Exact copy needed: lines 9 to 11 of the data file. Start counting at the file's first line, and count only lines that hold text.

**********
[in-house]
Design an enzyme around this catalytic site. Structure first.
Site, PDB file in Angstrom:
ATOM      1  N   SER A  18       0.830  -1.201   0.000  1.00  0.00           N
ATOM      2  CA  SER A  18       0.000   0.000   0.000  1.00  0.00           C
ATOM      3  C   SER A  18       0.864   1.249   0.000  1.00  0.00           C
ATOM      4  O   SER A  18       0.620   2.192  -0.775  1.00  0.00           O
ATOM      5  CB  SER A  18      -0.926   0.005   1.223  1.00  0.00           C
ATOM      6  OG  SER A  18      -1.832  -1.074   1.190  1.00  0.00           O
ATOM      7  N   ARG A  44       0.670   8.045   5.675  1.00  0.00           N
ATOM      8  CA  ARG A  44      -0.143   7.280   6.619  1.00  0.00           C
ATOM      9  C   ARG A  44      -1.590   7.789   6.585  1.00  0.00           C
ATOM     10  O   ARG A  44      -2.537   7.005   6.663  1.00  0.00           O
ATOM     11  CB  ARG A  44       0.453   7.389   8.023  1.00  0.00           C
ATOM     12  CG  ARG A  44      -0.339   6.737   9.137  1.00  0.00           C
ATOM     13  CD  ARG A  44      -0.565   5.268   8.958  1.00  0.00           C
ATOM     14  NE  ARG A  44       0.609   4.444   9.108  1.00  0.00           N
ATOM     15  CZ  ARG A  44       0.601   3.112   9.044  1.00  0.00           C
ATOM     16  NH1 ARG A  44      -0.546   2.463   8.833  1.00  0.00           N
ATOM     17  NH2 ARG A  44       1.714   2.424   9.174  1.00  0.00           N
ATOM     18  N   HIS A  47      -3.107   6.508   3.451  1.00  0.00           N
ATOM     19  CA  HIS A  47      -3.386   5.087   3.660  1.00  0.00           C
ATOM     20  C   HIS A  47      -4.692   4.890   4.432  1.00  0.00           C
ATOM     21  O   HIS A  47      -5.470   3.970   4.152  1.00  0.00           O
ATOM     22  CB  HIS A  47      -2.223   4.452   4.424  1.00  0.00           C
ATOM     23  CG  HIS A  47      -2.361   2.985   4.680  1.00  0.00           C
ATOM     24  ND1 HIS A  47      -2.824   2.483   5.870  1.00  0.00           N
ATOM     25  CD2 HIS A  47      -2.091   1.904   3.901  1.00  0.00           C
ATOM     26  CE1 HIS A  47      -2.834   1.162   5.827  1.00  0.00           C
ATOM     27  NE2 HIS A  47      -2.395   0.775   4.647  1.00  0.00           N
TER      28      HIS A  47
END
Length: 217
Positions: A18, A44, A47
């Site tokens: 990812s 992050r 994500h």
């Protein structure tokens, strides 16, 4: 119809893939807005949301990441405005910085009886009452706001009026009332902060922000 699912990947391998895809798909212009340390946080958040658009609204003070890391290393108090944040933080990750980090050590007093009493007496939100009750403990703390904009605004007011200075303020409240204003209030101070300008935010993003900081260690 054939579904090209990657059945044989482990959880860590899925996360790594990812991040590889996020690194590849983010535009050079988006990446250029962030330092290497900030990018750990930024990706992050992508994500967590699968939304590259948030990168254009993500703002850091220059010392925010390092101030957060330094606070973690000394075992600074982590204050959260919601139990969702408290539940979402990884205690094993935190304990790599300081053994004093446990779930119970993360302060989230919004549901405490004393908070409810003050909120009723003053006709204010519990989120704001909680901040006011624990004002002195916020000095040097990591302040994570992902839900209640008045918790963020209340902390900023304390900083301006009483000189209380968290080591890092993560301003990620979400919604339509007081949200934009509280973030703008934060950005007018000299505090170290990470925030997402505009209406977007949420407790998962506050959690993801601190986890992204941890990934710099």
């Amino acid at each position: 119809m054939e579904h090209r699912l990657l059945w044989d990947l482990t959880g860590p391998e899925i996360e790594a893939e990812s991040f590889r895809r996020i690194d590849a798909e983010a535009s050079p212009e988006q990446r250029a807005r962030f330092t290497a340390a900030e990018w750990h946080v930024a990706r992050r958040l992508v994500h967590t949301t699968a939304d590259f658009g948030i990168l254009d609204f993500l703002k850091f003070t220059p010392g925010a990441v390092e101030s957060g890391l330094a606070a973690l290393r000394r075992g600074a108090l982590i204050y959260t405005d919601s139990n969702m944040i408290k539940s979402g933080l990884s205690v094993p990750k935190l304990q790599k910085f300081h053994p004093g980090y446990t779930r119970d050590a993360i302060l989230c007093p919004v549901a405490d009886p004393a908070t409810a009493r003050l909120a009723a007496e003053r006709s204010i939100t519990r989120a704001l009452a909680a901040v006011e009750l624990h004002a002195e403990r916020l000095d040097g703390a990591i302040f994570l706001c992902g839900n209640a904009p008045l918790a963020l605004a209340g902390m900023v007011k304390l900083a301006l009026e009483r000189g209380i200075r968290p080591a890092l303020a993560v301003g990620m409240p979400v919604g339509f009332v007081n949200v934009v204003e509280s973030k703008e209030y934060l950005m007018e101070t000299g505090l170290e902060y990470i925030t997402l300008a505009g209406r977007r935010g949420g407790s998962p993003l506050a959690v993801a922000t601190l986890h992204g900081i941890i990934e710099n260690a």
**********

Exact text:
ATOM      6  OG  SER A  18      -1.832  -1.074   1.190  1.00  0.00           O
ATOM      7  N   ARG A  44       0.670   8.045   5.675  1.00  0.00           N
ATOM      8  CA  ARG A  44      -0.143   7.280   6.619  1.00  0.00           C